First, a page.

Other approaches have been used in an attempt to prevent multiple envelopes from passing through the feed gap. One approach involves rotating rollers, on opposite sides of the feed gap, in opposite directions such that one roller advances an envelope forward, while the other roller drives other envelopes back toward the stack, see U.S. Pat. No. 4,742,878 to Freeman et al. Another approach, shown in U.S. Pat. No. 5,401,013 to Hurd et al., limits the feed gap by providing stationary separator blocks and rollers in which envelopes pass between the rollers and the blocks, thereby limiting the thickness of envelopes which can be feed. However, the separator blocks must be manually adjusted for the thickness of envelopes to be fed, and thus do not accommodate feeding of mixed thickness envelopes. Still another approach in U.S. Pat. No. 3,966,193 to Storace et al. provides under a stack of envelopes, a driven roller for advancing envelopes which ceases rotating when an envelope is in the feed gap.
In accordance with a principal feature of the present invention, single feeding of envelopes which may be of mixed sizes and thicknesses is accomplished by automatically controlling the feed gap to the actual thickness of each envelope, thereby providing an envelope feeder which is reliable and avoids the inefficiency in time and labor for batch sorting and resetting of the feed gap.
The present invention further provides an improved envelope feeder which allows for both feeding of envelopes having mixed thicknesses and also feeding of envelopes of uniform thicknesses.
The present invention also provides an improved envelope feeder which provides for automatic control of the feed gap while selectably advancing envelopes from the bottom of a stack into the feed gap and applying pressure upon the top of the stack.
Briefly described, the envelope feeder embodying the invention has a first member with a first surface, and a second member with a second surface opposing the first surface. The first member is movable with respect to the second member in response to each of a plurality of envelopes moving between the surfaces of the first and second members. A detector is provided for sensing the presence of each of the envelopes as they each move between the surfaces of the first and second members. A controller, responsive to the detector, automatically controls the spacing of the first member from the second member to set the feed gap between the surfaces of the first and second members to match the thickness of each of the envelopes, whereby the envelopes move singularly between the first and second members.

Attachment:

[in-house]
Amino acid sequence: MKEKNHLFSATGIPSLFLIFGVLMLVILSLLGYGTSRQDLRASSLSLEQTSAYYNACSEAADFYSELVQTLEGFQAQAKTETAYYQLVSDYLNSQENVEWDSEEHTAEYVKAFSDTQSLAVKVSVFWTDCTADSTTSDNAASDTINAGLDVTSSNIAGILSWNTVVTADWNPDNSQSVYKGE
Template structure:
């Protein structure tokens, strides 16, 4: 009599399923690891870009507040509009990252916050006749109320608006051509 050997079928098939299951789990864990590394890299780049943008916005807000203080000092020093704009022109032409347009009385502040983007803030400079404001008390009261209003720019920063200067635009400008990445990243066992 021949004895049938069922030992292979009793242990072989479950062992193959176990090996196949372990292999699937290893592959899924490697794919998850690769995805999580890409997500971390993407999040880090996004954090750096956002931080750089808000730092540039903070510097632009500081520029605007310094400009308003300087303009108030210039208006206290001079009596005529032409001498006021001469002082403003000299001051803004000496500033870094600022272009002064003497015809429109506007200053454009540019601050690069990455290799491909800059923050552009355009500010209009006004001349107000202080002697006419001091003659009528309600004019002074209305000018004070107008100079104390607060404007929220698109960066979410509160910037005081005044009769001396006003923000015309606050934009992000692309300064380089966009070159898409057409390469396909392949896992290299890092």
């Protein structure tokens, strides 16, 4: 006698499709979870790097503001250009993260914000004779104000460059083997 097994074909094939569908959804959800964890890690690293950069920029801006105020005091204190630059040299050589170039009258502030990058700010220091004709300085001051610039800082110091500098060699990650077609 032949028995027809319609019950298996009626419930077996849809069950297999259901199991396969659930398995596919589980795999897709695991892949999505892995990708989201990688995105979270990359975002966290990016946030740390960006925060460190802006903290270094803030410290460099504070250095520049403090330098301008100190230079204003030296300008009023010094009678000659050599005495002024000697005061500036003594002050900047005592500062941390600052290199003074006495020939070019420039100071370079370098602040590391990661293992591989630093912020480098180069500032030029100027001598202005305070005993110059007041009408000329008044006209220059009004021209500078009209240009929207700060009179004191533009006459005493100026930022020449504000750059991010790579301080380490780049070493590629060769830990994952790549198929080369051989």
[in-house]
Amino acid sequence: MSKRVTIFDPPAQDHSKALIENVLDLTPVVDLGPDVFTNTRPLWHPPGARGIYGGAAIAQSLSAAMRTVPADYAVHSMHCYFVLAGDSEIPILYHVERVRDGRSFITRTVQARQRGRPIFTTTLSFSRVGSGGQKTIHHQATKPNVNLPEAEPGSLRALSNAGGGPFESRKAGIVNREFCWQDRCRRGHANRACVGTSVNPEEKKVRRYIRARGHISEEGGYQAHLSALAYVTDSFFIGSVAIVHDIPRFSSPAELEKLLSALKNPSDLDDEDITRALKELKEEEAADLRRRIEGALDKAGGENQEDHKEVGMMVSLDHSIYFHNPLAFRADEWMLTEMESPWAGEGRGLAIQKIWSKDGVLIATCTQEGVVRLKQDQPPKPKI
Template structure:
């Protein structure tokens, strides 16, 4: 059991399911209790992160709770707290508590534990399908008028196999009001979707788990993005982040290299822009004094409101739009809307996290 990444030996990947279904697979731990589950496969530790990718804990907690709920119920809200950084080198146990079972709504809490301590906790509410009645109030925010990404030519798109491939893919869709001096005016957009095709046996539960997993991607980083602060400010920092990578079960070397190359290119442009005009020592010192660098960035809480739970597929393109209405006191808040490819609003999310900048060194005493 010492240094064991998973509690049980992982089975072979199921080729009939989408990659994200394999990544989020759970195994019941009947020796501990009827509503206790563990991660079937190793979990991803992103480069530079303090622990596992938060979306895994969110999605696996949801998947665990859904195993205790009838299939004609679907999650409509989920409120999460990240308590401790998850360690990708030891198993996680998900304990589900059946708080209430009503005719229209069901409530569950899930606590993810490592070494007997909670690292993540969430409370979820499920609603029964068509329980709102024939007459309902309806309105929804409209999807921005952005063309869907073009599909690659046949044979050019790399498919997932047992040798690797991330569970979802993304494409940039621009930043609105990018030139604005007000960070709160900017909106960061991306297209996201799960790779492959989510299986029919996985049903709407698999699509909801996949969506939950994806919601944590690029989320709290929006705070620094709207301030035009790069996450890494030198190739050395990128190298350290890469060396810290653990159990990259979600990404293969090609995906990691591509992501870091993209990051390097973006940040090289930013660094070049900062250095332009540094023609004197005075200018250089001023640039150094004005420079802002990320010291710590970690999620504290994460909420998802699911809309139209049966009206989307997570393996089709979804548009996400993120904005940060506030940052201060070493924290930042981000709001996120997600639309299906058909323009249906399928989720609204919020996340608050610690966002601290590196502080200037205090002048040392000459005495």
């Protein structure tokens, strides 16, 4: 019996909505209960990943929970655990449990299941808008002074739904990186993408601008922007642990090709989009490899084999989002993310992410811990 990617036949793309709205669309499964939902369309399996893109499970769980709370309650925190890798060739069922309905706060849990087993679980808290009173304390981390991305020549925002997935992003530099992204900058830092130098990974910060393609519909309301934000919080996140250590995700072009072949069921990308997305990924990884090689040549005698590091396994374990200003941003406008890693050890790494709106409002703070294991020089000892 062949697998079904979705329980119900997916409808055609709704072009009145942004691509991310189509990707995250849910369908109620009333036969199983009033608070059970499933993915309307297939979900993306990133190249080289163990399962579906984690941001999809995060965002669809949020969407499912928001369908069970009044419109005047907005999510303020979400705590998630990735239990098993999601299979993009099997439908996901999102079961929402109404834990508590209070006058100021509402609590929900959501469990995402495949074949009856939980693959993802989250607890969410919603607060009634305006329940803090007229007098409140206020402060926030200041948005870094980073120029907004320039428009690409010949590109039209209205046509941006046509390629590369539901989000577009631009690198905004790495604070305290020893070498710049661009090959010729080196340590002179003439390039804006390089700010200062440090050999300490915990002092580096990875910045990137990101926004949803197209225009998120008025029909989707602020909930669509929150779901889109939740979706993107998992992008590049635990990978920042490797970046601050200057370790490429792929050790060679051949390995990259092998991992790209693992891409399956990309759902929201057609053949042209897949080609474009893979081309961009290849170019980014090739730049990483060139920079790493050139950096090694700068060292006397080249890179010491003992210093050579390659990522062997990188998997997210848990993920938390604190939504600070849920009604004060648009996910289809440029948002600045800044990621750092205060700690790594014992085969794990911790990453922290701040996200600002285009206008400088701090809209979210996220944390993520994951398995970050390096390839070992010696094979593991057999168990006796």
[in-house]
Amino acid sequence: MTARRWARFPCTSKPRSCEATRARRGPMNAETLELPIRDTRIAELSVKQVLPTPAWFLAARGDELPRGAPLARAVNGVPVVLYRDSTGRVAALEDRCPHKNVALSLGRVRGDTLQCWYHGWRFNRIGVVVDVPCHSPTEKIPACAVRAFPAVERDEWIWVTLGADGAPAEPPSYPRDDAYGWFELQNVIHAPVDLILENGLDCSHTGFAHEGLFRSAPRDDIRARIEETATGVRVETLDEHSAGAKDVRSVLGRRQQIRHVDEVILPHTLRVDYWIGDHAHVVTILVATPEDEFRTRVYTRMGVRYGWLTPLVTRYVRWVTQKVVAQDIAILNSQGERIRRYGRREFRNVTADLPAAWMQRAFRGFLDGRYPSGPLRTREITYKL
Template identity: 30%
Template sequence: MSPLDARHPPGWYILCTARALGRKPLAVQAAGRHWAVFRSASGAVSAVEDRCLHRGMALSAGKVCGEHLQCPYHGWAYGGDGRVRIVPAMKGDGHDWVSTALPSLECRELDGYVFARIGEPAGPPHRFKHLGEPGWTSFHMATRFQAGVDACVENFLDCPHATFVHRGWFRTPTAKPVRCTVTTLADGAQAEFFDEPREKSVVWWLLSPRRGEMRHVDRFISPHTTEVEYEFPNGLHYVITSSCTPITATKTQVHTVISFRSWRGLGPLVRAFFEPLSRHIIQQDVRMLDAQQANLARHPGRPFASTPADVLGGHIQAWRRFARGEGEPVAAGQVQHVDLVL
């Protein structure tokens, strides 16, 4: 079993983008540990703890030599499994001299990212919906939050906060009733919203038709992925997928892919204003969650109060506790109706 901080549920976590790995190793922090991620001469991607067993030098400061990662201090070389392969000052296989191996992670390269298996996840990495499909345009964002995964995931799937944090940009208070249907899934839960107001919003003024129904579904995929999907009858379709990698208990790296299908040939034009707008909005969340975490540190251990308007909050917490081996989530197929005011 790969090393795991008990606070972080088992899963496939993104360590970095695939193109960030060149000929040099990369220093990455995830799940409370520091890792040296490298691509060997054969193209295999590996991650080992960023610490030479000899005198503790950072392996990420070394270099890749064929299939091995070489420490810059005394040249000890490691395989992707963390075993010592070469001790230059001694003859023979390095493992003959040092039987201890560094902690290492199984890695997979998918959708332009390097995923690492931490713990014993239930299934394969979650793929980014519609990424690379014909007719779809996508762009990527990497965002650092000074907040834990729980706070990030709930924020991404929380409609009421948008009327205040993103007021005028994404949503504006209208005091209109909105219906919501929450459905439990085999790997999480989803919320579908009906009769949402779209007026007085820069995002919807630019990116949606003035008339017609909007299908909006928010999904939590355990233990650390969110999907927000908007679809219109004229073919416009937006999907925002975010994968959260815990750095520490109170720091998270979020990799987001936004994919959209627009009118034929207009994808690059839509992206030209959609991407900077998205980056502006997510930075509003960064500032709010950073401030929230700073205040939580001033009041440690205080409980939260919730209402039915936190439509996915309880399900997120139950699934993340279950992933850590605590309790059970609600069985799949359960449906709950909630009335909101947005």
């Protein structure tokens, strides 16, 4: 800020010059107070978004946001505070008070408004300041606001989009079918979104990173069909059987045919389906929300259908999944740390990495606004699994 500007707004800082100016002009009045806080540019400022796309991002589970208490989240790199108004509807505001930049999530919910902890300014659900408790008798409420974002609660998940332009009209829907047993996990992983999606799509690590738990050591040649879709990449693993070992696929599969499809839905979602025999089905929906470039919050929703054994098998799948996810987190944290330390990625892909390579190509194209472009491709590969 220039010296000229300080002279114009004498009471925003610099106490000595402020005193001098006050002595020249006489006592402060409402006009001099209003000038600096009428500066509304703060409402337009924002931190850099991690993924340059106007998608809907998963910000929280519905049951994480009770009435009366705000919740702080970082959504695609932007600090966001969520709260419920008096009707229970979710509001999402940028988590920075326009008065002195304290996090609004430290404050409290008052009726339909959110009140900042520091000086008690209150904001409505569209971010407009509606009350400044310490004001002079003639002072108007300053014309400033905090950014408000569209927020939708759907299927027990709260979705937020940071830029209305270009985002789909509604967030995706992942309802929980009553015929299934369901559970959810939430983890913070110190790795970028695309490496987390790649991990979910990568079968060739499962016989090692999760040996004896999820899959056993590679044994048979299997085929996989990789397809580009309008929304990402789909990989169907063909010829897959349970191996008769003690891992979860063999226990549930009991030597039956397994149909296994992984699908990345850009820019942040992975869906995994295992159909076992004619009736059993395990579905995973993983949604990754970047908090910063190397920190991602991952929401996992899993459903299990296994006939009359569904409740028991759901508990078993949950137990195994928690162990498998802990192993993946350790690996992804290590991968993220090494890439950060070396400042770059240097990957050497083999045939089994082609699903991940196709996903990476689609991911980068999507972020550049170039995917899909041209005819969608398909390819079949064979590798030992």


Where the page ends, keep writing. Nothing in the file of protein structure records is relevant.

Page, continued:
The first member may include a plurality of the first members to provide a plurality of the first surfaces spaced from each other along the length of the envelopes, while the second member includes a plurality of the second members to provide a plurality of the second surfaces spaced from each other along the length of the envelopes. Each of the first surfaces has a continuous annular surface which interfit with a different one of the second surfaces. The plurality of first members are part of a separation roller which is pivotable with respect to the second members along a path. The first members are urged by spring force against the second members. The controller operates a brake, coupled to the separation roller, to lock and release the position of the separation roller along its path and the position of the first members with respect to the second members, thereby automatically controlling the feed gap.